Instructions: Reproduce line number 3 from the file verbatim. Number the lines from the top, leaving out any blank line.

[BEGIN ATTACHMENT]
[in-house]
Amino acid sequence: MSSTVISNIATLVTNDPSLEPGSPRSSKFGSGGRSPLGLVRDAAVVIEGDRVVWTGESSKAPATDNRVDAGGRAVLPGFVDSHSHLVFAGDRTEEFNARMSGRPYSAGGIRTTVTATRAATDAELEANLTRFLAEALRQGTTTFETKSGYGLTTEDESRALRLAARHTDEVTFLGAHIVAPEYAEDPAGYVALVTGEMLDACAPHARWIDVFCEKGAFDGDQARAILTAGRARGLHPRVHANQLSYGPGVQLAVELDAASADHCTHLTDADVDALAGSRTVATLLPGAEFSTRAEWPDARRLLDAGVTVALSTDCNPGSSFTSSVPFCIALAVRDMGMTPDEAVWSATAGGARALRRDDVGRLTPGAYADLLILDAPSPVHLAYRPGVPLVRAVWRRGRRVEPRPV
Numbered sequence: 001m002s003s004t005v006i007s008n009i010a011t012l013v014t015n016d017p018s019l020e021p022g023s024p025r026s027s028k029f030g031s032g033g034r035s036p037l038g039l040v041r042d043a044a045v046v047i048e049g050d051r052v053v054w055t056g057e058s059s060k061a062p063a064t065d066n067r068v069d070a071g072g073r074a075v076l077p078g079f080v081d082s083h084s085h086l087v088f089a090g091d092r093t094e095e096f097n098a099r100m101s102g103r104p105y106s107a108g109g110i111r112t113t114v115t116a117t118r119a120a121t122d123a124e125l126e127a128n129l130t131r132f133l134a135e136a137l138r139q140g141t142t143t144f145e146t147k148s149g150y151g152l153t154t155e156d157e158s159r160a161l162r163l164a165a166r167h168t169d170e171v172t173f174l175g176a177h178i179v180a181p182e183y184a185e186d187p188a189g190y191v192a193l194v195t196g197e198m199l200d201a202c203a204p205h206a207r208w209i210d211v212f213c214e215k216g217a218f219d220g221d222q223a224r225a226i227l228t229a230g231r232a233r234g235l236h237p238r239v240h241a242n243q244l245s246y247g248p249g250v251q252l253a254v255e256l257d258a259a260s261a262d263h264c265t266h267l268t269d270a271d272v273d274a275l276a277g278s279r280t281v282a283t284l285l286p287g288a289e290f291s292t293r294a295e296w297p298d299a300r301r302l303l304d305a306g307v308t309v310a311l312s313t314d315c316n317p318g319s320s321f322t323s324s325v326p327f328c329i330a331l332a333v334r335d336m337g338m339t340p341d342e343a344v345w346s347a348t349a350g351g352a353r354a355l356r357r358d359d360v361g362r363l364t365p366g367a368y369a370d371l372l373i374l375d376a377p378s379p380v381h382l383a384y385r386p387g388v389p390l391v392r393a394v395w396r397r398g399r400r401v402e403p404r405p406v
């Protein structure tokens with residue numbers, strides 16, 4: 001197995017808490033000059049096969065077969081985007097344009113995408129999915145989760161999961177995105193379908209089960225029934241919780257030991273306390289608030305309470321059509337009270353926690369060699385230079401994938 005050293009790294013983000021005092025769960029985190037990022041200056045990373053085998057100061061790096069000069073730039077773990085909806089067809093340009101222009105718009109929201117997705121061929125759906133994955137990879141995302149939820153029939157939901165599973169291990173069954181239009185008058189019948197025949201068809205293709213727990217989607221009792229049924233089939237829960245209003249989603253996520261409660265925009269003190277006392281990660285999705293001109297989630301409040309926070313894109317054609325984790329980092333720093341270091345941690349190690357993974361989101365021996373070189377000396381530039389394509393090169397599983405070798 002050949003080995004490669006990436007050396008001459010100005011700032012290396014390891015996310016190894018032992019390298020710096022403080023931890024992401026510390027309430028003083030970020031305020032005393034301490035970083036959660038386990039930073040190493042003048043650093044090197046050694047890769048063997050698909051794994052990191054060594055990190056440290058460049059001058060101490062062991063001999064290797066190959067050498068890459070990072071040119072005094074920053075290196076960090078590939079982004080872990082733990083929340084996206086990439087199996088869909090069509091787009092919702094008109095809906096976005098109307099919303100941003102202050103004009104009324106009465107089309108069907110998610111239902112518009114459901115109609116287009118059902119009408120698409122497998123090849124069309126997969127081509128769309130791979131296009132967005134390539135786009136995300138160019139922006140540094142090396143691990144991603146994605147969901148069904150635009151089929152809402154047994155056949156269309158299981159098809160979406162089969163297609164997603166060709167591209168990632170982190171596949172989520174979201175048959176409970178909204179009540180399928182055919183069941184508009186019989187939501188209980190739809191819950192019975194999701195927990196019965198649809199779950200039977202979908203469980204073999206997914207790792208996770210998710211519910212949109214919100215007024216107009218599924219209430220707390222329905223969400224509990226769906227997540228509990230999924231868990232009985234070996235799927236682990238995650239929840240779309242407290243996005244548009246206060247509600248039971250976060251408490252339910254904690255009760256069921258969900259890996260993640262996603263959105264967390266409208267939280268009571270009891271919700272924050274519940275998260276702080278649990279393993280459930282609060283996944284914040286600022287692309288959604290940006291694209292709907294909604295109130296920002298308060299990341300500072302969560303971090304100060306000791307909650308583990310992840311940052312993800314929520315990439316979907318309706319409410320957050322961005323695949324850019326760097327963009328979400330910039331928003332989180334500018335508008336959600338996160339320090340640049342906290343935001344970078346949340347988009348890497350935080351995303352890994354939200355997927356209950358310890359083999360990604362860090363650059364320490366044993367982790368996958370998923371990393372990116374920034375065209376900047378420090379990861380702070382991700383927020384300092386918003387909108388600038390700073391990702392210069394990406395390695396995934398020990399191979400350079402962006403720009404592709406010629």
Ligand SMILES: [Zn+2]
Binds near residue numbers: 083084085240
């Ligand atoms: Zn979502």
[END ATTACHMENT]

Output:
Numbered sequence: 001m002s003s004t005v006i007s008n009i010a011t012l013v014t015n016d017p018s019l020e021p022g023s024p025r026s027s028k029f030g031s032g033g034r035s036p037l038g039l040v041r042d043a044a045v046v047i048e049g050d051r052v053v054w055t056g057e058s059s060k061a062p063a064t065d066n067r068v069d070a071g072g073r074a075v076l077p078g079f080v081d082s083h084s085h086l087v088f089a090g091d092r093t094e095e096f097n098a099r100m101s102g103r104p105y106s107a108g109g110i111r112t113t114v115t116a117t118r119a120a121t122d123a124e125l126e127a128n129l130t131r132f133l134a135e136a137l138r139q140g141t142t143t144f145e146t147k148s149g150y151g152l153t154t155e156d157e158s159r160a161l162r163l164a165a166r167h168t169d170e171v172t173f174l175g176a177h178i179v180a181p182e183y184a185e186d187p188a189g190y191v192a193l194v195t196g197e198m199l200d201a202c203a204p205h206a207r208w209i210d211v212f213c214e215k216g217a218f219d220g221d222q223a224r225a226i227l228t229a230g231r232a233r234g235l236h237p238r239v240h241a242n243q244l245s246y247g248p249g250v251q252l253a254v255e256l257d258a259a260s261a262d263h264c265t266h267l268t269d270a271d272v273d274a275l276a277g278s279r280t281v282a283t284l285l286p287g288a289e290f291s292t293r294a295e296w297p298d299a300r301r302l303l304d305a306g307v308t309v310a311l312s313t314d315c316n317p318g319s320s321f322t323s324s325v326p327f328c329i330a331l332a333v334r335d336m337g338m339t340p341d342e343a344v345w346s347a348t349a350g351g352a353r354a355l356r357r358d359d360v361g362r363l364t365p366g367a368y369a370d371l372l373i374l375d376a377p378s379p380v381h382l383a384y385r386p387g388v389p390l391v392r393a394v395w396r397r398g399r400r401v402e403p404r405p406v